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Apple and Intel’s Thunderbolt Could Revolutionize Portable Live Streaming Production

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Formerly known as LightPeak during its two-year testing phase at Intel, the Thunderbolt 10 gigabit-per-second optical transport technology available today on new Apple MacBook Pro laptops may significantly change live field production streaming.

Jan Ozer provided a good overview of laptop production in a recent StreamingMedia.com article, showing how a portable machine could be used for encoding of a single video input stream.

For video mixing, however, the use of a laptop has been limited by both connectivity options and the processing required for HD production. The advent of Thunderbolt, along with the joint release of quad-core i7 processors in laptops, though, has enough throughput to allow multiple uncompressed HD streams to flow in to and out of the laptop. The potential for video mixing and streaming, plus external connectivity to multiple cameras and monitors can't be understated, given the throughput and multiple-protocol basis for Thunderbolt.

The new Intel technology is so small that it fits a 10Gbps electrical connector within the same Mini DisplayPort connector that Apple added to its previous-generation MacBook Pro and iMac line of personal computers.

The Mini DisplayPort connector itself was a much smaller version of the DisplayPort connector, yet was able to drive external displays with images up to 2560×1600 pixels (typically used in high-resolution 27-30" monitors). Licensing of the fee-free mini DisplayPort connector has seen slow, but consistent adoption over the past few months, thanks to the Video Electronics Standards Association's (VESA) adoption of the technology, with Dell, HP, and Toshiba launching laptops in the past year that use the Mini DisplayPort connector.

Intel, for its part, had been making progress with an optical connector for laptops and desktops, capable of supporting FireWire, USB, eSATA and-it now appears-multiple monitors. The company sees the potential of aligning this very-high-speed optical technology with a variety of connectors, including as an extra optical slot on a power connector, which could allow it to travel to a wall power supply and then break out into Ethernet, allowing laptop manufacturers to eliminate another large connector on the side of a laptop.

An attempt to marry the Thunderbolt optical transport with the USB connector met with resistance from the USB Implementers Forum, which is pushing the alternate 5Gbps copper connector of USB 3.0, which is a larger connector than today's ubiquitous USB 2.0 connector.

"USB connectors are not general purpose connectors," the Forum wrote in a statement several months ago, "and are not designed to be used in support of other technology applications or standards or as combo connectors."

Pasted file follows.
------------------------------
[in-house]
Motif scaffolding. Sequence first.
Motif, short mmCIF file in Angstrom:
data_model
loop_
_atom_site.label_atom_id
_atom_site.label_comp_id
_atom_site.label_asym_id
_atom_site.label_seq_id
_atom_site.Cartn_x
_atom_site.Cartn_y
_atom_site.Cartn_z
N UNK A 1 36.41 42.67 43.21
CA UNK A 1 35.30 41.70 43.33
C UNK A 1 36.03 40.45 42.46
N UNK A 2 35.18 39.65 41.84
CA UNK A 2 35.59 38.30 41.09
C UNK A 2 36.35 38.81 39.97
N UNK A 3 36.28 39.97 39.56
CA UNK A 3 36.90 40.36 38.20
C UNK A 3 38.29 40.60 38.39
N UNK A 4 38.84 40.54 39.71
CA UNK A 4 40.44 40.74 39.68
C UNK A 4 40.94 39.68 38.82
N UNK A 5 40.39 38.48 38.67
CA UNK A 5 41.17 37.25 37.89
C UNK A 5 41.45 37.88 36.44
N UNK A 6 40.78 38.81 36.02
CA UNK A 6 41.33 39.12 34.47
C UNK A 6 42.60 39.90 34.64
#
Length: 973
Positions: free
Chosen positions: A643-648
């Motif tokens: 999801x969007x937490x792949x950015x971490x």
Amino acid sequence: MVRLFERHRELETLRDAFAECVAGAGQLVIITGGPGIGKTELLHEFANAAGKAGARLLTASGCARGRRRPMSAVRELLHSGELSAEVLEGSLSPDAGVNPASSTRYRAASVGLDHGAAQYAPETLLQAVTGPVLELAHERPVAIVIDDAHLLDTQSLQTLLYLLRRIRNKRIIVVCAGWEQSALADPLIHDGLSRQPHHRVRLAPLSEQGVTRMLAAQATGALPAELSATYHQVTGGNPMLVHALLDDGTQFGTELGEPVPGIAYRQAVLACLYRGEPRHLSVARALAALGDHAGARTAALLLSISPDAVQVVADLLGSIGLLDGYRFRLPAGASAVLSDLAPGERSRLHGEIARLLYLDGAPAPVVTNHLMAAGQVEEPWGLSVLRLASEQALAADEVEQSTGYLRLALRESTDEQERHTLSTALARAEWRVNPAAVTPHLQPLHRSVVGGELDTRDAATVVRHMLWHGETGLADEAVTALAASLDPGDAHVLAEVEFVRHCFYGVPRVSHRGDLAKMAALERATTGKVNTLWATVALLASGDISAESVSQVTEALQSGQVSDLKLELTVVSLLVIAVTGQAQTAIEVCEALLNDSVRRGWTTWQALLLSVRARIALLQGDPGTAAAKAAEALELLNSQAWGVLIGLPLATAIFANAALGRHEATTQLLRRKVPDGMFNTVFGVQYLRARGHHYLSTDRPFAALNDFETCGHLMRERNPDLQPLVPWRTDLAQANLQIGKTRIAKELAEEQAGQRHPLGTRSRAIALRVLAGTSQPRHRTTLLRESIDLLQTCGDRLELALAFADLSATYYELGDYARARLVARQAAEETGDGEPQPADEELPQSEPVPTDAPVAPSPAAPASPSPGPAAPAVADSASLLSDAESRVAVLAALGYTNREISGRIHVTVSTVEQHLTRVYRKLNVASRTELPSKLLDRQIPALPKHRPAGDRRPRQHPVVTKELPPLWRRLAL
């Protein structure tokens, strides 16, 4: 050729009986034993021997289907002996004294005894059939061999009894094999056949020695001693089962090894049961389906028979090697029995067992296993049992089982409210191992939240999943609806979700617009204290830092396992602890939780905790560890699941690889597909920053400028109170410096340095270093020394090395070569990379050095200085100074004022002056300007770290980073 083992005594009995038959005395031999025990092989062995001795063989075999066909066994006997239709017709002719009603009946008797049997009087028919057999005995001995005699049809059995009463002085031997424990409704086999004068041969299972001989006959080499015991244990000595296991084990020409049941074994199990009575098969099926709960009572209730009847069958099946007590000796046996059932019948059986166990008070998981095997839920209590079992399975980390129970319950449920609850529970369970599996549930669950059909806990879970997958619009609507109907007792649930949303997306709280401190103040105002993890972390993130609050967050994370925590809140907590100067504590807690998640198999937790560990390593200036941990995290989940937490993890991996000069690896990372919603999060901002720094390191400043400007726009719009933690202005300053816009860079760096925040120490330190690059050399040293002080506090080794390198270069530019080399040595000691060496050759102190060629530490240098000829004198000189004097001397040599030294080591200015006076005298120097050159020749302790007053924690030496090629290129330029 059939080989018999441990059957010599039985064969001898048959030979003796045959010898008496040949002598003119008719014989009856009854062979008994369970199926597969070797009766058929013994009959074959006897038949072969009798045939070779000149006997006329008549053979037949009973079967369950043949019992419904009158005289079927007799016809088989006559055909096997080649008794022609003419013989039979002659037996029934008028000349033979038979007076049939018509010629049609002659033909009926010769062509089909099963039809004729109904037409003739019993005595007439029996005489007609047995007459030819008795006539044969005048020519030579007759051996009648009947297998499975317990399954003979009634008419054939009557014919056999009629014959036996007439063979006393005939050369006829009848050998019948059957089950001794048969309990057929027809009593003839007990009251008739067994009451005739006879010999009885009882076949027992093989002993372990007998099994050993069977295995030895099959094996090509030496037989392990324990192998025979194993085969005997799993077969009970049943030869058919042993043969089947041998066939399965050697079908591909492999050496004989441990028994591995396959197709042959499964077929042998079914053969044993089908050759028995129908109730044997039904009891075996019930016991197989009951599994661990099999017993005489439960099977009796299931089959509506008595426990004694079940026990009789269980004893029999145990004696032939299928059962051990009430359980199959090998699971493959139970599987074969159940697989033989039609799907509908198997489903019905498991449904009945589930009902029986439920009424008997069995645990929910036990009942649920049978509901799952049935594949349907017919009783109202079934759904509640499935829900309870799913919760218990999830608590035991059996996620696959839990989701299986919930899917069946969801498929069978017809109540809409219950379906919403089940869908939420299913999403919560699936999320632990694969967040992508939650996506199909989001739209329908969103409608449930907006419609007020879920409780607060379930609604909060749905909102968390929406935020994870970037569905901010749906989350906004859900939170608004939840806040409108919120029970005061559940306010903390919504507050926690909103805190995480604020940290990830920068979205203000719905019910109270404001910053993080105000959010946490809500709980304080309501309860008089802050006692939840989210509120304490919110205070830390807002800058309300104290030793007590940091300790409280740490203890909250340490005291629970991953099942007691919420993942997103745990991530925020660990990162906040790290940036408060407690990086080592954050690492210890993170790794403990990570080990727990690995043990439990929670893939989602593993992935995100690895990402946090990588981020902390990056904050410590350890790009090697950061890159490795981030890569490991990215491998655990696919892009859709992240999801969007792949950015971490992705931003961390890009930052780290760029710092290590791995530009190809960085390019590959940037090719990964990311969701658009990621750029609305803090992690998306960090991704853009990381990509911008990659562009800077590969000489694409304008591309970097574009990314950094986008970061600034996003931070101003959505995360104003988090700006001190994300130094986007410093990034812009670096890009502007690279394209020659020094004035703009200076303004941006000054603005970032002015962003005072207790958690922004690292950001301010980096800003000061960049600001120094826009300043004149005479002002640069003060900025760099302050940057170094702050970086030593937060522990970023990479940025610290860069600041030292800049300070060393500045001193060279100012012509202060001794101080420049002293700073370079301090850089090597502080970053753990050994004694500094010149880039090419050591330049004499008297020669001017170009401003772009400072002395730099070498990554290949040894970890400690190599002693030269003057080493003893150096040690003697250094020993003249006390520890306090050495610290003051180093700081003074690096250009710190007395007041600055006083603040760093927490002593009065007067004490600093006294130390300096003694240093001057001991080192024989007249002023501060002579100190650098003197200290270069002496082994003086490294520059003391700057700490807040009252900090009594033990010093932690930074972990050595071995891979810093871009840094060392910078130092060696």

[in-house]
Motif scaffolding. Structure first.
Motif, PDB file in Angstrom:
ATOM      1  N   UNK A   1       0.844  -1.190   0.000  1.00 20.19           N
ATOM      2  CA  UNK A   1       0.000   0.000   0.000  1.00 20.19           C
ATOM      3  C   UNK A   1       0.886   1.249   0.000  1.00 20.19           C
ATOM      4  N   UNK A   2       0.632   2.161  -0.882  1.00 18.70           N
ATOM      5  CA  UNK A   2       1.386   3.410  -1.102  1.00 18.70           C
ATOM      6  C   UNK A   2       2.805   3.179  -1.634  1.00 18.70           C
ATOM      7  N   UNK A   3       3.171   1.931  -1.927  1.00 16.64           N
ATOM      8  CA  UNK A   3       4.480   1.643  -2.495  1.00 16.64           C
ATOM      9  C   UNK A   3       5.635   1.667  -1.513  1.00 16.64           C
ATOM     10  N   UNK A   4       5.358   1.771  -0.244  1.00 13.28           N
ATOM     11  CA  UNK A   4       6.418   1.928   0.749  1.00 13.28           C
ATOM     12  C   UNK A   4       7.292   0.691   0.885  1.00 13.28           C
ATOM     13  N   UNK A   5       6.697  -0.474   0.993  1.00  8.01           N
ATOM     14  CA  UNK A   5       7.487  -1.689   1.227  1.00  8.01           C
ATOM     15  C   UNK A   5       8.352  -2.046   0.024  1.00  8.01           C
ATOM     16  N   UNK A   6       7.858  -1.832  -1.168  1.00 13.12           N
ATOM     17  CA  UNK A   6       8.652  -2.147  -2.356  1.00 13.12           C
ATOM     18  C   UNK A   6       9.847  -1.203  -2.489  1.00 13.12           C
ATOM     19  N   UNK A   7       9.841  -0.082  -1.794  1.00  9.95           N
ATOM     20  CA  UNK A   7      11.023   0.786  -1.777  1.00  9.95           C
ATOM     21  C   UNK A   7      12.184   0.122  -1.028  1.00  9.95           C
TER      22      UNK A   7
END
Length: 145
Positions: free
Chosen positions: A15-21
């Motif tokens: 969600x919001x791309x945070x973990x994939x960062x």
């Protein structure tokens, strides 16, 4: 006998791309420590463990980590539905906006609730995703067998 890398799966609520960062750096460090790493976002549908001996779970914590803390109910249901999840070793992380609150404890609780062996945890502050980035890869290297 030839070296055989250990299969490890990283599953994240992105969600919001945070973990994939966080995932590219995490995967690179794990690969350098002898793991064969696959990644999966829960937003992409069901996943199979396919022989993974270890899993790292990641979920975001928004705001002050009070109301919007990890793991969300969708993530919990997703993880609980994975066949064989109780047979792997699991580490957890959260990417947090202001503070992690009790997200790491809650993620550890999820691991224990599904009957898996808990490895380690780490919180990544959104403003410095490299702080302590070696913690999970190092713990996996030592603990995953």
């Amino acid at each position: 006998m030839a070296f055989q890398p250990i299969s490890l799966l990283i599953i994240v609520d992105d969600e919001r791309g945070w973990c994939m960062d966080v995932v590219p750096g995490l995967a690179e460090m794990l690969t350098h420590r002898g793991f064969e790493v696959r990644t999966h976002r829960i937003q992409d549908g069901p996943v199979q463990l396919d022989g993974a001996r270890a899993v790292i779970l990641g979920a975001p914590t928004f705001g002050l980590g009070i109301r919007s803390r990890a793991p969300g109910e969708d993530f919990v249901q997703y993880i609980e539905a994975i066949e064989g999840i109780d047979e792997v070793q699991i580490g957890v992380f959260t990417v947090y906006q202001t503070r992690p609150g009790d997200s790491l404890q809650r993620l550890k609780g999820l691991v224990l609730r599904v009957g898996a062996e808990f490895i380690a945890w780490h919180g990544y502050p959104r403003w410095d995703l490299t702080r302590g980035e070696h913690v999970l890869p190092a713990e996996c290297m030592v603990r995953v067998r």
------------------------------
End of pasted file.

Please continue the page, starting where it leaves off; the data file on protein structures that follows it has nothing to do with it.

While it's unlikely that one would use Thunderbolt just as a basic break-out dongle in place of multiple USB or FireWire connectors-the two most prevalent connections for external cameras-it is likely that Thunderbolt will drive a slimming-down of ultraportable laptops for this purpose: if the thickness of a Mini DisplayPort connector, about 2/3 the thickness of USB, becomes the common denominator, laptops with flash-memory storage could continue to slim down.

Also, for computers with a robust graphics processor, the combination of the Mini DisplayPort and Thunderbolt will certainly support the connection of a single monitor and its multiple USB or FireWire connections, eliminating the need for Apple to use a dual USB and Mini DisplayPort cable for its upcoming monitors.

The question arises, though, as to whether a modification to newer AMD-based graphics cards can also be used to drive multiple monitors from a single Thunderbolt-equipped laptop. With the advent of the newer MacBook Pros, which use AMD graphics cards supporting OpenGL, the potential exists for connection of multiple monitors to a single laptop via the Thunderbolt connection. AMD last year created a graphics card with multiple Mini DisplayPort connectors-the Radeon HD 5870 Eyefinity 6 Edition-that topped out with 2GB of graphics memory (GDDR5) and six mini DisplayPort outputs (up to 5760x2160 pixels).

Beyond the ability to connect to external monitors, the optical connector may eliminate the bottleneck faced on many laptops today: the ability to only connect one FireWire or two USB cameras to the computer. This limitation is as much an operating system issue as it is a connector real-estate issue, and the limited number of USB and FireWire connectors has remained constant over the past five years.

If Thunderbolt can help eliminate these bottlenecks, or even allow 3-5 uncompressed HD cameras to be connected directly to the laptop-or a near-field breakout box that also allows attached external storage-then the technology will significantly change the way that live video and streaming production from a laptop is accomplished.

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